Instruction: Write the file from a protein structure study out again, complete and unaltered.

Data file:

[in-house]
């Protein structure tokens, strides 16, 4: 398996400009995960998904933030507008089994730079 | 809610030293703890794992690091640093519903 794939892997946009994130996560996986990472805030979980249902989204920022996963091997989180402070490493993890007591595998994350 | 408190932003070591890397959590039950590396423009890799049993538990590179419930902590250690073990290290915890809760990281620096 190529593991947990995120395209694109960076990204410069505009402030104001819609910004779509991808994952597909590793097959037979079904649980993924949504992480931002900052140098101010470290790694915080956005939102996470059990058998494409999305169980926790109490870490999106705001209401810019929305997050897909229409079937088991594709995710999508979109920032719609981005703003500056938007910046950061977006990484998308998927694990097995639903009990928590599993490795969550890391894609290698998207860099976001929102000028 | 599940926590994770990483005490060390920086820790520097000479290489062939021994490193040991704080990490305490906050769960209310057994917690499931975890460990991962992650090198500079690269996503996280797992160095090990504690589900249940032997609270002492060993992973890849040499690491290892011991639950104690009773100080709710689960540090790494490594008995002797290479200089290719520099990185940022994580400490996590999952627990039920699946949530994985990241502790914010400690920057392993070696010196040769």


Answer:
[in-house]
């Protein structure tokens, strides 16, 4: 398996400009995960998904933030507008089994730079 | 809610030293703890794992690091640093519903 794939892997946009994130996560996986990472805030979980249902989204920022996963091997989180402070490493993890007591595998994350 | 408190932003070591890397959590039950590396423009890799049993538990590179419930902590250690073990290290915890809760990281620096 190529593991947990995120395209694109960076990204410069505009402030104001819609910004779509991808994952597909590793097959037979079904649980993924949504992480931002900052140098101010470290790694915080956005939102996470059990058998494409999305169980926790109490870490999106705001209401810019929305997050897909229409079937088991594709995710999508979109920032719609981005703003500056938007910046950061977006990484998308998927694990097995639903009990928590599993490795969550890391894609290698998207860099976001929102000028 | 599940926590994770990483005490060390920086820790520097000479290489062939021994490193040991704080990490305490906050769960209310057994917690499931975890460990991962992650090198500079690269996503996280797992160095090990504690589900249940032997609270002492060993992973890849040499690491290892011991639950104690009773100080709710689960540090790494490594008995002797290479200089290719520099990185940022994580400490996590999952627990039920699946949530994985990241502790914010400690920057392993070696010196040769």